Currently this is rendered correctly in Mapnik as a dotted blue line, though it doesn't display any naming. Unfortunately some renderers don't seem to recognize this tag at all - e.g. Mapquest, which won't display waterways tagged this way.

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answered 18 Jan '15, 00:40

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And there is some discussion about waterway=wadi on the tagging mail list under the title of "waterway=wadi problem". I think there is a possibility that waterway=wadi might become deprecated.

(18 Jan '15, 04:12) n76

I have been having the same dilema recently until I found waterway=wadi and natural=gully to complement waterway=stream in combination with intermittent=yes. I don't think the maps render a gully yet. (I can't check now)

(21 Jan '15, 11:19) nevw

I actually go the other way, tagging ephemeral riverbeds with waterway=stream/river, intermittent=yes, seasonal=no - I'm not sure what waterway=wadi adds to this. It's annoying to see Mapnik display areas of desert as if they are covered in rivers, but that's a rendering problem - the Humanitarian layer does a better job with intermittent=yes waterways, presumably because of the areas of the globe they're interested in. The help pages are probably not a good place for a debate - I would recommend the tagging mailing list mentioned by user stf above, under the title "waterway=wadi problem"

(22 Jan '15, 00:09) tomthepom

I would go with waterway=wadi because it is dry most of the time and only flowing with heavy rains. There is a note with this that states that it is also known as a wash in the deserts of America. At present adding intermittent=yes does not change the line on the map and it still shows as a solid line. waterway=wadi does give a pecked line indicating that it does not have flowing water all the time. I am attempting to get this changed to waterway=river-perennial / stream-perennial which has water all year round and is depicted by a solid blue line, next is waterway=river-nonperennial / stream-nonperennial which has water some of the year and is depicted with a pecked blue line, lastly is waterway=wadi which may only occasionally have water in very heavy rains and depicted with a brown pecked line. This may not happen but I am trying.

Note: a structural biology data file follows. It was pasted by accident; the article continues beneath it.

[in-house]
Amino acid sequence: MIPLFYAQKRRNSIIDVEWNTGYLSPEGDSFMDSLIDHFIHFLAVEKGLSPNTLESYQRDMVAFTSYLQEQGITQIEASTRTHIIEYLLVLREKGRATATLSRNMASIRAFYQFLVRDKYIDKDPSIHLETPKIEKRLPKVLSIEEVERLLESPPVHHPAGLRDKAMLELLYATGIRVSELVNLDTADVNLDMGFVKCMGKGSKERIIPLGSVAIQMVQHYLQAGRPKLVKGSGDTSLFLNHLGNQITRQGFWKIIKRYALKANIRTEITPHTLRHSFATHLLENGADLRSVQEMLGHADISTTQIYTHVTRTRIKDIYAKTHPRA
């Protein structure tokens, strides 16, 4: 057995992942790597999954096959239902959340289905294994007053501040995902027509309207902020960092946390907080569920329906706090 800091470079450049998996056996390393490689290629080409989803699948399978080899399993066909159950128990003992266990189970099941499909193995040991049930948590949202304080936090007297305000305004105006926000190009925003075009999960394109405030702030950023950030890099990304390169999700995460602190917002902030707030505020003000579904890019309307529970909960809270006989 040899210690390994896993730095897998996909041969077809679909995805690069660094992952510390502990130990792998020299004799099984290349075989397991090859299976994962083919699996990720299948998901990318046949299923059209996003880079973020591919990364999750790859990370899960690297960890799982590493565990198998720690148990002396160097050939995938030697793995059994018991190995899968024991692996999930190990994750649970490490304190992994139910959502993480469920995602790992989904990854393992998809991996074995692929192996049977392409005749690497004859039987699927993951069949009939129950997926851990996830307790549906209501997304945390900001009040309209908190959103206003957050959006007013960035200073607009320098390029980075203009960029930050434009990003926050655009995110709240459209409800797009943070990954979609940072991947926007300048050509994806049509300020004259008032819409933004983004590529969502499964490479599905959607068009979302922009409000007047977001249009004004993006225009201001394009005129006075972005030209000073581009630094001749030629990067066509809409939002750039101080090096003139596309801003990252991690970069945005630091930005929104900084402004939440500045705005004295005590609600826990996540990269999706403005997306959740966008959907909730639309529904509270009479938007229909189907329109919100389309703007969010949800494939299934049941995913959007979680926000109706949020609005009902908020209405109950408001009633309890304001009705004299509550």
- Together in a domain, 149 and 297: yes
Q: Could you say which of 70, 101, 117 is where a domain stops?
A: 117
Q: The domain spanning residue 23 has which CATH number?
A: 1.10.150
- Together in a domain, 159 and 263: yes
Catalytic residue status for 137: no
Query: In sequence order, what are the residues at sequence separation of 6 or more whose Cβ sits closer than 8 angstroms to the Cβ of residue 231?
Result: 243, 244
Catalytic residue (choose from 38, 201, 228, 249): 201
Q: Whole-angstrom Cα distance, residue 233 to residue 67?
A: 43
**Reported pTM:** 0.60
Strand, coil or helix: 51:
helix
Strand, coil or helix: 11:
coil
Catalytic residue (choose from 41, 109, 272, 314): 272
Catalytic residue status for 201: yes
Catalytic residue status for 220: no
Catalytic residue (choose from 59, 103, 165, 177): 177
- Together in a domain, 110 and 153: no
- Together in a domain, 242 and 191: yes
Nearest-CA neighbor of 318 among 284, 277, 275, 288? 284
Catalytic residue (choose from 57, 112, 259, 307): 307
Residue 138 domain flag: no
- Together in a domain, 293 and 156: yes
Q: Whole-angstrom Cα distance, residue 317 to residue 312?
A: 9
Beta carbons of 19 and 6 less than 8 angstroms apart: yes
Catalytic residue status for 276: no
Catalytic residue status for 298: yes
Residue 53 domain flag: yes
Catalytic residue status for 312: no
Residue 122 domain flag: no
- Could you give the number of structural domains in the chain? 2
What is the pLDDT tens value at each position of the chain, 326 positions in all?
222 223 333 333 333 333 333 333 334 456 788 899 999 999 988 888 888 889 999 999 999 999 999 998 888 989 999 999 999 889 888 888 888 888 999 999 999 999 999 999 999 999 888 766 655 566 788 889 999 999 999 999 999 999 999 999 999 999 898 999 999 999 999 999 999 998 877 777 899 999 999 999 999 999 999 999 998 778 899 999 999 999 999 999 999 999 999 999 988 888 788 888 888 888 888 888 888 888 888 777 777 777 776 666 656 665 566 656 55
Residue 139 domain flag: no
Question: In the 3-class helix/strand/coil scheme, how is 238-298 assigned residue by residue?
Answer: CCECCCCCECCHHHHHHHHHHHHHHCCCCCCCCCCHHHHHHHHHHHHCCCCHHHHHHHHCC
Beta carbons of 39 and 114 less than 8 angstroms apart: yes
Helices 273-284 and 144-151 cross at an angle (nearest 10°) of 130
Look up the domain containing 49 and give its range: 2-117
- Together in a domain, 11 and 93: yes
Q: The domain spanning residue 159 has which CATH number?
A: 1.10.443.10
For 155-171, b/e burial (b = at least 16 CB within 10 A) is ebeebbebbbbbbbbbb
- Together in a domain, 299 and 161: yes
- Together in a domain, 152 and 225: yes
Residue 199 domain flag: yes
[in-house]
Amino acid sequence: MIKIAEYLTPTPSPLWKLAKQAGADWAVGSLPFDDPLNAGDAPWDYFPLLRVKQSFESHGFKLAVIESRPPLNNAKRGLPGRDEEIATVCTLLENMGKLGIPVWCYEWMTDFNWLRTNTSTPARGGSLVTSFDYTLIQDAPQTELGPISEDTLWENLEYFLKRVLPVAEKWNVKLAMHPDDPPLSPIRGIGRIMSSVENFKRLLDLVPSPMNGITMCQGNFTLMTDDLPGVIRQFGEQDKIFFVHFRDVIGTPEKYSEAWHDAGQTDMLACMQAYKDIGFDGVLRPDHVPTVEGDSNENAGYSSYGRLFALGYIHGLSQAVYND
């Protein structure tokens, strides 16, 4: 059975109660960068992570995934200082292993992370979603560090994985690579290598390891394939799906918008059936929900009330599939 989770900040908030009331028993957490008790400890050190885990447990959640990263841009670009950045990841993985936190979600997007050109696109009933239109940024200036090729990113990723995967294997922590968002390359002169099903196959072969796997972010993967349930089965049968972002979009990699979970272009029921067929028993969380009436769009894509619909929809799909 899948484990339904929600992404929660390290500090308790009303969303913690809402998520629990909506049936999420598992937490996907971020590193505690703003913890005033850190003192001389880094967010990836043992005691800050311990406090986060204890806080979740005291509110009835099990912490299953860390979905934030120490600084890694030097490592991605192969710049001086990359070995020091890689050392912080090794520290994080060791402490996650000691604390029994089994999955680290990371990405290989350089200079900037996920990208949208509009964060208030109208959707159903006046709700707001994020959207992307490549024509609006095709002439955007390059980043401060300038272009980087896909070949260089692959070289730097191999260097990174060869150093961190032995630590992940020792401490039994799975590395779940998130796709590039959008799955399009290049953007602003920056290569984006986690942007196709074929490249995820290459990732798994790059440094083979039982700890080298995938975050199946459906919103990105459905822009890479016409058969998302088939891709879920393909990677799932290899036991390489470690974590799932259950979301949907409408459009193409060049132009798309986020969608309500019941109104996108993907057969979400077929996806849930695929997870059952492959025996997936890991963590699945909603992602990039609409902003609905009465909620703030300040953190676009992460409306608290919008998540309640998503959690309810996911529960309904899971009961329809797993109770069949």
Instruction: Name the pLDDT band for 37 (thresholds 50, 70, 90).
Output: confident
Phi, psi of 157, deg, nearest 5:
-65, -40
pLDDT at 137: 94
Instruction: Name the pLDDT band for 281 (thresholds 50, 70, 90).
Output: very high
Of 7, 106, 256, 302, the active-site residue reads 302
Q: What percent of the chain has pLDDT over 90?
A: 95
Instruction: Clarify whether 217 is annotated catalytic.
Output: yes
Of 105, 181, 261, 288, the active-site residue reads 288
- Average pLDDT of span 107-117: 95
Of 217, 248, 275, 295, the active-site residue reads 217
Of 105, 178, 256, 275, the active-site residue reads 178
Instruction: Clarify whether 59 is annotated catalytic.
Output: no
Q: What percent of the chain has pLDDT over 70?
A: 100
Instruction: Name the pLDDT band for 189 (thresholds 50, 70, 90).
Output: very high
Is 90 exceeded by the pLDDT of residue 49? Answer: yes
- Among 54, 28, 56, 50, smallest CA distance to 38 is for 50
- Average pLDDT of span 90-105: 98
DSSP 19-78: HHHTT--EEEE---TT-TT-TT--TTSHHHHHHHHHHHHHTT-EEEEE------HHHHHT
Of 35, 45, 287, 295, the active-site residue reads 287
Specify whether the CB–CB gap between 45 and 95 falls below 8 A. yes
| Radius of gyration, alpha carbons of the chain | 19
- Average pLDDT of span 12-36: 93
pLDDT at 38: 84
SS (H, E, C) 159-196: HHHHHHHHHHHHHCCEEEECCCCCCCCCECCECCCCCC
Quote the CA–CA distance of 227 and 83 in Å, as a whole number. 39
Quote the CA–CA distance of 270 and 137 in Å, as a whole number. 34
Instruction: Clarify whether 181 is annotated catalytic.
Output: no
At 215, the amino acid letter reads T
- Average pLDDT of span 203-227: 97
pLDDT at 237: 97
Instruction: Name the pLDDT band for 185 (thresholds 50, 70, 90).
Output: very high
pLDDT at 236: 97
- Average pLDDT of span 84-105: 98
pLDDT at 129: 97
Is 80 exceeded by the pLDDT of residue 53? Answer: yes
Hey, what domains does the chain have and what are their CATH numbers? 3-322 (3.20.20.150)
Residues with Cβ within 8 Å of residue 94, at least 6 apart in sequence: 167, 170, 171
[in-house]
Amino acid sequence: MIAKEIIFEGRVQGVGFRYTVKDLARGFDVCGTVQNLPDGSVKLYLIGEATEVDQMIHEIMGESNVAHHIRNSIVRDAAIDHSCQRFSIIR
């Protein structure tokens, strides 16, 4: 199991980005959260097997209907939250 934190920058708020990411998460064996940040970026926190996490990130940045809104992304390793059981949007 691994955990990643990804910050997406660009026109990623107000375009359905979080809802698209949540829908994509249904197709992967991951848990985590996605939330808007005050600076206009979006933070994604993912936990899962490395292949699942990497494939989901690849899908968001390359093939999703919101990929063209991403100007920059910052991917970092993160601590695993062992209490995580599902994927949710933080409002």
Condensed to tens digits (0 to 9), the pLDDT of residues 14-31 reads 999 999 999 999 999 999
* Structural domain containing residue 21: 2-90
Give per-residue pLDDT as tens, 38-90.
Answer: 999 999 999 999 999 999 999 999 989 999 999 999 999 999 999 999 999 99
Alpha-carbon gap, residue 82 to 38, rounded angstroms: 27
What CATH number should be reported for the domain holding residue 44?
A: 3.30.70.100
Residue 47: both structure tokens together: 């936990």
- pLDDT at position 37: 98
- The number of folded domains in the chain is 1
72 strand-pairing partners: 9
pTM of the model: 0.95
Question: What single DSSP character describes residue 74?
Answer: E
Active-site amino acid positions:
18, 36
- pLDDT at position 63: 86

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answered 20 Jan '15, 23:18

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edited 21 Jan '15, 21:04

As an addendum to this topic, the standard (Mapnik) map now renders waterway=river/stream, intermittent=yes as a dashed blue lines, with waterway=river rendering as a thicker line than waterway=stream.

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answered 09 Feb '15, 13:54

tomthepom's gravatar image

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While there has been talk of deprecating the tag Waterway=wadi I am against this. The word wadi is putting people off using this tag and maybe the wording should be changed to waterway=dry_river which would then be far more acceptable to more people. Intermittent is usually accepted as being a stream but can be dry during some parts of the year. A wadi is dry most of the time, even years before a sufficiently heavy downpour will turn it into a flowing waterway that will dry up again when the rains stop and is therefore more of a feature than a waterway. Which is what is described by @ponzu. I would still go with waterway=wadi which I would recommend being a pecked brown line rather than blue, but we are restricted to what is available at the present. If there is sufficient use of the tag waterway=wadi then there will be sufficient case for renaming and/or rendering it differently. The present opposition to the brown pecked line is the clash with highway=track. The discussion regarding rendering is here and

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answered 09 Feb '15, 15:07

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edited 09 Feb '15, 15:20

I think one issue with "wadi" is that is also means the entire valley that said dry waterway may be in.

(09 Feb '15, 18:21) n76

This type of issue crops up in a number of discussions. There is no way that we are going to find a single word in our language that will satisfy all languages throughout the world. Even in the Arabic languages the meaning of wadi can range from a flowing river to a dry valley depending on where you are. In the Maghreb wadi applies to all rivers.

(11 Feb '15, 01:10) RAytoun

I tend to agree and feel we need a more generic tag such as something like waterway=dry_watercourse The wadi would be one of the many variations that could fit under such a category.

(11 Feb '15, 05:47) nevw

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question asked: 12 Apr '11, 21:57

question was seen: 13,311 times

last updated: 21 Aug '19, 11:57

NOTICE: is no longer in use from 1st March 2024. Please use the OpenStreetMap Community Forum